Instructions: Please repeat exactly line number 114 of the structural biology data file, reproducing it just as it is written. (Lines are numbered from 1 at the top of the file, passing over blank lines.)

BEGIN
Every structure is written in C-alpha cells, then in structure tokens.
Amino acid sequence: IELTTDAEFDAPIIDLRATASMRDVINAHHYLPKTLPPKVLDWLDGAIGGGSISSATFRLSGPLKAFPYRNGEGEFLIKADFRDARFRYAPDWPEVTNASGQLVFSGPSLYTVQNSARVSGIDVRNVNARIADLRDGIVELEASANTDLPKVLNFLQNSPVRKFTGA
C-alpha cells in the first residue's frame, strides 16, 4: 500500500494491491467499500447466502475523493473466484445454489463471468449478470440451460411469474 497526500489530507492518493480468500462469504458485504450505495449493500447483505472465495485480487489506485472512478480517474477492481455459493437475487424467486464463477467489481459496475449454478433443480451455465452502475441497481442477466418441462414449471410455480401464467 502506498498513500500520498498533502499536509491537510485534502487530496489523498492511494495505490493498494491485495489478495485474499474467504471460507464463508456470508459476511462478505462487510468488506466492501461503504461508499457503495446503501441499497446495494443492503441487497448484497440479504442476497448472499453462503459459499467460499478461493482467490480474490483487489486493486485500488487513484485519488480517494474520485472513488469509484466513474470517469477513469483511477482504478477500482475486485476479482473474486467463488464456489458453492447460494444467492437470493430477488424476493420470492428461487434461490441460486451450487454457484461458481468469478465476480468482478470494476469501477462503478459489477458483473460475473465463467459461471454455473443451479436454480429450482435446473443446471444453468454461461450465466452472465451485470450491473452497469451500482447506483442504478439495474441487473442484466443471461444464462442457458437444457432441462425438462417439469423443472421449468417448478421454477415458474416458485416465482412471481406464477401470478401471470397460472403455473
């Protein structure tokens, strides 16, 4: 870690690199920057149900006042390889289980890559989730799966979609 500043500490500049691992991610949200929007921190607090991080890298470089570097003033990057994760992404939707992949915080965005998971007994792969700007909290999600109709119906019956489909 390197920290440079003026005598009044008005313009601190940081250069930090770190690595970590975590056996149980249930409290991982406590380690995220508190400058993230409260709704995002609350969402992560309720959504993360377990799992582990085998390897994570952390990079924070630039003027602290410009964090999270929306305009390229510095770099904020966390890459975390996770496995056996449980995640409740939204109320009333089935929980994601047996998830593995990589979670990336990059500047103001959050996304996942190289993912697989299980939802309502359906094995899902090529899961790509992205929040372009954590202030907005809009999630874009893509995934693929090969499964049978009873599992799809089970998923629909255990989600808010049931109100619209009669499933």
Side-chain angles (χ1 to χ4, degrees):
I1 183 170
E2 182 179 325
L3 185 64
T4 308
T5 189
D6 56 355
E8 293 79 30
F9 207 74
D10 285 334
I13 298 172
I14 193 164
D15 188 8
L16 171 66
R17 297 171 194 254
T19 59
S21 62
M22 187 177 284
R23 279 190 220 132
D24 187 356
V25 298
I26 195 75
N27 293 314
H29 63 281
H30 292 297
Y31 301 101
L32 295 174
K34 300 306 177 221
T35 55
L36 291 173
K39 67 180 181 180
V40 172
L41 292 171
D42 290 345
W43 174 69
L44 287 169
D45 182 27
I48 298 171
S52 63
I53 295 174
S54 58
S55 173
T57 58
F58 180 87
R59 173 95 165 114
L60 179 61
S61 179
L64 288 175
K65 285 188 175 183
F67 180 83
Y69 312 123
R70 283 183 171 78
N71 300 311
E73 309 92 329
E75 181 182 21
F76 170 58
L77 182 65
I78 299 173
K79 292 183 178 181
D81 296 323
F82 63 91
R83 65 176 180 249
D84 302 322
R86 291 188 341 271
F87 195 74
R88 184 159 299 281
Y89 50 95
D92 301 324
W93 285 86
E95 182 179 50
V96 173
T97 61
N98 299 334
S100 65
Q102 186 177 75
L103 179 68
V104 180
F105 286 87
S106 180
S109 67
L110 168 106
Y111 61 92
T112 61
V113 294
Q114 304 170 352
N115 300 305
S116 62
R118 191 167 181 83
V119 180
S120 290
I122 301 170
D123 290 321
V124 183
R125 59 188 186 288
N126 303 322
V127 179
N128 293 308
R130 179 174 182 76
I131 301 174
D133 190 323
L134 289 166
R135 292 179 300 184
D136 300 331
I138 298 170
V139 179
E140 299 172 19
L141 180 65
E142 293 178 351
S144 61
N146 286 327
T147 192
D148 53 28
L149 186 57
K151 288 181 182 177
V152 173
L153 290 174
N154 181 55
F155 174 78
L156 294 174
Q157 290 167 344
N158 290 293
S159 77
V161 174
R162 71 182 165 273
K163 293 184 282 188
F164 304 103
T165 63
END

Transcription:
N146 286 327